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It's All About the Money

A couple of years ago, as my husband and I were walking through our nearly complete barn that we’d had built on our property after years of talking and planning and loan-acquiring, he said, “We should name each stall after a college we won’t be able to afford to send our kids to because we built the barn. This one will be Princeton. That one, Stanford. The wash stall can be Harvard.” I laughed, but couldn’t help but wonder if, someday, my children might not think it’s so funny.

Like most people who own horses and whose last name isn’t Gates or Trump, there never seems to be enough money. We spend our days looking at our checking account balance, wondering if we can will more money into it simply by staring at it. We ask our accountants if we can claim our horses as a tax write-off. “Can’t they qualify as dependents?” we say, as they roll their eyes and take another swig from the flask they have hidden in their desk drawer (which we secretly think would be a really nice hunting flask and wonder how much it cost). We obsessively watch hay prices. We stalk sales at tack stores like vultures circling a carcass. When our friend throws out a halter because it’s torn and the leather is frayed, we say, “I’ll take it!” and find a roll of duct tape. Problem solved. We’re the dumpster divers of the equestrian world.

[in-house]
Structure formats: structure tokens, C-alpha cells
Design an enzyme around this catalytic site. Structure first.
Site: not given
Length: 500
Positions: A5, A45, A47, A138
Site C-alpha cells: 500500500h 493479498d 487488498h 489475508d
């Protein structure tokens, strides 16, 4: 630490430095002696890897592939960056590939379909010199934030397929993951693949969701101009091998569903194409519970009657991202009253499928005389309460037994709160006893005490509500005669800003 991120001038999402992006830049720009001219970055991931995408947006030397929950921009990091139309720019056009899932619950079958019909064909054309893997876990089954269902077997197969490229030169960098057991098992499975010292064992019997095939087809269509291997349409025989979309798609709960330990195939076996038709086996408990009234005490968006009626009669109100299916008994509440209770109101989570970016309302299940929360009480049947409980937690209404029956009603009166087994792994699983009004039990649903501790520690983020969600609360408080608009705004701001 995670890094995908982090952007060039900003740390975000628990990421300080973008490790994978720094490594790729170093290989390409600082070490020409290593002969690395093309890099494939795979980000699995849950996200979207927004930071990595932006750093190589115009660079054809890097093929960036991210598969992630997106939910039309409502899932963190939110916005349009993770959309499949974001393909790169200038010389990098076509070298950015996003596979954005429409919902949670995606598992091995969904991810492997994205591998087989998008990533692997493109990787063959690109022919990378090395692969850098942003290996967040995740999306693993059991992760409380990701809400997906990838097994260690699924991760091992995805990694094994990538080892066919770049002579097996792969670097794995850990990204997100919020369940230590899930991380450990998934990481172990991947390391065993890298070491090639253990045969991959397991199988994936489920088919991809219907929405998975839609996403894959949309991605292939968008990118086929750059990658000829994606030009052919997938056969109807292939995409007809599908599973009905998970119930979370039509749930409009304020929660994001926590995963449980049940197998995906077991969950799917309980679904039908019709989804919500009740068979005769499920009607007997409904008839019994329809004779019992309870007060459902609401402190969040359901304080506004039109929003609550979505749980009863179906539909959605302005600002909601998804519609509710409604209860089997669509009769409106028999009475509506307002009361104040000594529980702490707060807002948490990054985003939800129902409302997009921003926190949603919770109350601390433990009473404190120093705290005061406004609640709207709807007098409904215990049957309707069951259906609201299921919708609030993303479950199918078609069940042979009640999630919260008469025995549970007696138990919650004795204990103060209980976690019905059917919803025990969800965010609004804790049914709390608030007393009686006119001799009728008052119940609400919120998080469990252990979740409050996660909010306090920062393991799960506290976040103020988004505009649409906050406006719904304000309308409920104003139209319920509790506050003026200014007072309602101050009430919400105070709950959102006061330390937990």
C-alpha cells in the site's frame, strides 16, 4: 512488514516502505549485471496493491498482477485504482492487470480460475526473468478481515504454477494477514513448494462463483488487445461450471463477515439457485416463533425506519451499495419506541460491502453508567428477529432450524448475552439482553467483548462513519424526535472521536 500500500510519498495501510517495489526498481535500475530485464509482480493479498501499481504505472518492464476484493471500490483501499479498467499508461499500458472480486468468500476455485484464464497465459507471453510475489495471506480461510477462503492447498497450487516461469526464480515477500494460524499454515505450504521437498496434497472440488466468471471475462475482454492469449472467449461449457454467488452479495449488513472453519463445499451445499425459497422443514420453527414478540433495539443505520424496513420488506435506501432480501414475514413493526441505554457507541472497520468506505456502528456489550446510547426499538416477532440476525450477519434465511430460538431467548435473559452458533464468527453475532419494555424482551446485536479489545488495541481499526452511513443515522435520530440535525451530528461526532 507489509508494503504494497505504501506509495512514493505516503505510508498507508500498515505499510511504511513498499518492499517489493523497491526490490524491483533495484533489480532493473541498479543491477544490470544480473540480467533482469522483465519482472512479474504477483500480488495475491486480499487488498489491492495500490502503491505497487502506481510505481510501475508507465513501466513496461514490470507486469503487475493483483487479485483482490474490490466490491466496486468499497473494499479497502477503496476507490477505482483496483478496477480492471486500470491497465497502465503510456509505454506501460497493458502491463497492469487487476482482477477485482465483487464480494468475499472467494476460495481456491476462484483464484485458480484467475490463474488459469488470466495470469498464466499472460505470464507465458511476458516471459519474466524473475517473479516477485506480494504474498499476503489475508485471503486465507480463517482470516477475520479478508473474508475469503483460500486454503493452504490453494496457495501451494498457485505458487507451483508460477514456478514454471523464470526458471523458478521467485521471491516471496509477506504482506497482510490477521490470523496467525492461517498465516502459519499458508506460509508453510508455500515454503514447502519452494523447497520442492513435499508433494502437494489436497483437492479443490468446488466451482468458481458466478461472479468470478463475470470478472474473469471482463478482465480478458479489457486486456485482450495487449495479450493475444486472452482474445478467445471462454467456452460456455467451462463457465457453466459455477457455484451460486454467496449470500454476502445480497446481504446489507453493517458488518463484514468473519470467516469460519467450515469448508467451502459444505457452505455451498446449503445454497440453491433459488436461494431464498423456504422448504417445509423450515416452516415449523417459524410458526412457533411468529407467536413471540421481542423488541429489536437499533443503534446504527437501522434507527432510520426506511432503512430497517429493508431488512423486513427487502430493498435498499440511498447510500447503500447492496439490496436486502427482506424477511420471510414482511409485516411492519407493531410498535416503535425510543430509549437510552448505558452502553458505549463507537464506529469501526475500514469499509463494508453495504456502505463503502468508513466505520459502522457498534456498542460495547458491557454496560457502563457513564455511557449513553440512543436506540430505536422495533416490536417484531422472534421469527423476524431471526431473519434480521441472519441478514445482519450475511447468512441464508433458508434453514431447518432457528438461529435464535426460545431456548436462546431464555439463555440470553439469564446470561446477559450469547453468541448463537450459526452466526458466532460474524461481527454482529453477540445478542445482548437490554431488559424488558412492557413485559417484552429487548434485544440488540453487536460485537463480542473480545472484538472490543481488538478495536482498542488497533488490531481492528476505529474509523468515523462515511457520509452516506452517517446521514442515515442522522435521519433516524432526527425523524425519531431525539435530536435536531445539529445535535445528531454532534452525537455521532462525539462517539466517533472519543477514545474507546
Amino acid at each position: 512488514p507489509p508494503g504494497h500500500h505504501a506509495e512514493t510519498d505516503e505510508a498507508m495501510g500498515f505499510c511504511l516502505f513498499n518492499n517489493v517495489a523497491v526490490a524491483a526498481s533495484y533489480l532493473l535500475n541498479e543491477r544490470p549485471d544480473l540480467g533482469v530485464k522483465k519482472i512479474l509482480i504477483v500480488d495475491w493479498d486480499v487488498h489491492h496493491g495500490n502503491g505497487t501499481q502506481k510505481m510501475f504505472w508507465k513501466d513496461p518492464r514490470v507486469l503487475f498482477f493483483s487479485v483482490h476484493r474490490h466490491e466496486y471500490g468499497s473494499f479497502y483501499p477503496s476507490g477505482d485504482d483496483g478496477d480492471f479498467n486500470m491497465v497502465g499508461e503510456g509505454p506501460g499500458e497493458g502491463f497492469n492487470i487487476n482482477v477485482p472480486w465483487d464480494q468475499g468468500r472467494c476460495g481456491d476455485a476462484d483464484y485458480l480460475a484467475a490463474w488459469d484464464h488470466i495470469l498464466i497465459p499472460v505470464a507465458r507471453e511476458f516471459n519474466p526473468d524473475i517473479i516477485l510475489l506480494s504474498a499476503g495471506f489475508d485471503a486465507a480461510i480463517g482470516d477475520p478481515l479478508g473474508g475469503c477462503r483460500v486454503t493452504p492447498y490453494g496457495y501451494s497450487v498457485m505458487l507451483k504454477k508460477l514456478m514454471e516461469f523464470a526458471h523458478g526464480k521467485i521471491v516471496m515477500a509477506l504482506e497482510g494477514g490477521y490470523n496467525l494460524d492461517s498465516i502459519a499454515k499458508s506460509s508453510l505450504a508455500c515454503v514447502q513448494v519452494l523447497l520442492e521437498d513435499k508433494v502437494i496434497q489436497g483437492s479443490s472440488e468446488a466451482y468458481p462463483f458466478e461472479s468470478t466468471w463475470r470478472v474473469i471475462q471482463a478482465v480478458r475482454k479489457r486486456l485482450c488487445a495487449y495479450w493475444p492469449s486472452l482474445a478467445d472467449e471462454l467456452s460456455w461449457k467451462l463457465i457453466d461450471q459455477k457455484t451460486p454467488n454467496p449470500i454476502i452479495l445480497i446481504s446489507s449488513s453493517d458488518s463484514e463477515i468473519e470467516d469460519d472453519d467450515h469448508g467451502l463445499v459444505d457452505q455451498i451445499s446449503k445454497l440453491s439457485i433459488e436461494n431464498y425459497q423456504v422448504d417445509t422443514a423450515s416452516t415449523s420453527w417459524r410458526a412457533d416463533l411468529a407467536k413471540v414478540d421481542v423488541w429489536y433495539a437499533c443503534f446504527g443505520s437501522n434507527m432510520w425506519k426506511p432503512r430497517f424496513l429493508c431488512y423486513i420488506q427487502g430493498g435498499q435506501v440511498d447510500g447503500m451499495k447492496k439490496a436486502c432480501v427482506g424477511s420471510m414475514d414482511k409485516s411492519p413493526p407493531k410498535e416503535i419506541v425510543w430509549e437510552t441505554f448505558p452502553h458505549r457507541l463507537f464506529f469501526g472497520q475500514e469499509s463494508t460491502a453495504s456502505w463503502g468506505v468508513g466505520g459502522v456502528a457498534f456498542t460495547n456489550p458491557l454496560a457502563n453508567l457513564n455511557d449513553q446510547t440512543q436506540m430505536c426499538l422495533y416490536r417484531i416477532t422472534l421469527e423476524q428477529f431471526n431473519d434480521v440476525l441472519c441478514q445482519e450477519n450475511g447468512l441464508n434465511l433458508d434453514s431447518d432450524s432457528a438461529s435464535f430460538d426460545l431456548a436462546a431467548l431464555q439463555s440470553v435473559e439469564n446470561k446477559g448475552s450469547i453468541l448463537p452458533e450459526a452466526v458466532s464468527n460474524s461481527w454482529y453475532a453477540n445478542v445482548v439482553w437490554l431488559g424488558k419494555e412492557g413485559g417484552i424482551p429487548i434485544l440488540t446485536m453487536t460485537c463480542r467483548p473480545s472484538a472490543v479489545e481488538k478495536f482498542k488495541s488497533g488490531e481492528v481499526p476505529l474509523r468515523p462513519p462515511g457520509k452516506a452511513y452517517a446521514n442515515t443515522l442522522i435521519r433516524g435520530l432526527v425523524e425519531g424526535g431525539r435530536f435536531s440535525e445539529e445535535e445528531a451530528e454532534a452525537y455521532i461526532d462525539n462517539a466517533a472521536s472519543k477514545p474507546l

Those of us who live in the horse world know: For every magazine article featuring an equestrian wearing a bespoke cubbing jacket and boots, who splits her time between Manhattan and Wellington—where she has a horse property valued at the equivalent of Guatemala’s GDP—there are hundreds of the rest of us, whose breeches have holes and whose gate latches are made of baling wire.

Confessions of a Foxhunting Mother

I’m sitting on my horse at 8:55 on the first really cool morning of fall in northern New Mexico, getting ready to cast out with the hounds. Horses are milling. Hounds are sending up their joyful, anticipatory howls. And I’m on my cell phone, calling home to check on my 11-year-old son. He’s fine, I tell myself, even though he’s not answering. Even though he’s home alone—my husband is out of the country, my daughter is at a sleepover. Even though I left the house before he was awake and a fire could’ve started or he could’ve slipped in the shower or he could’ve choked on his cereal. He’s fine, I tell myself again as I hang up, mute my phone, put it in my pocket, and set out at a brisk trot behind the field master.

He’s fine has become a sort of self-soothing mental tic I’ve developed over the last decade-plus of motherhood as I’ve worked furiously to carve a life for myself outside of my children. As anyone who has kids knows, this is harder than it sounds. Yes, being a parent is an amazing gift that teaches us about the wonders of childhood and how to be fully present as we watch these small creatures transform from drooling, wailing infants into soccer-playing, science fair project-doing, poetry-writing human beings. But what the Hallmark card doesn’t tell us is that being a parent is also an all-consuming, often draining, often soul-crushing gig that can leave you feeling defeated and deflated, staring in the mirror at the end of the day, wondering when you started getting wrinkles on your neck.

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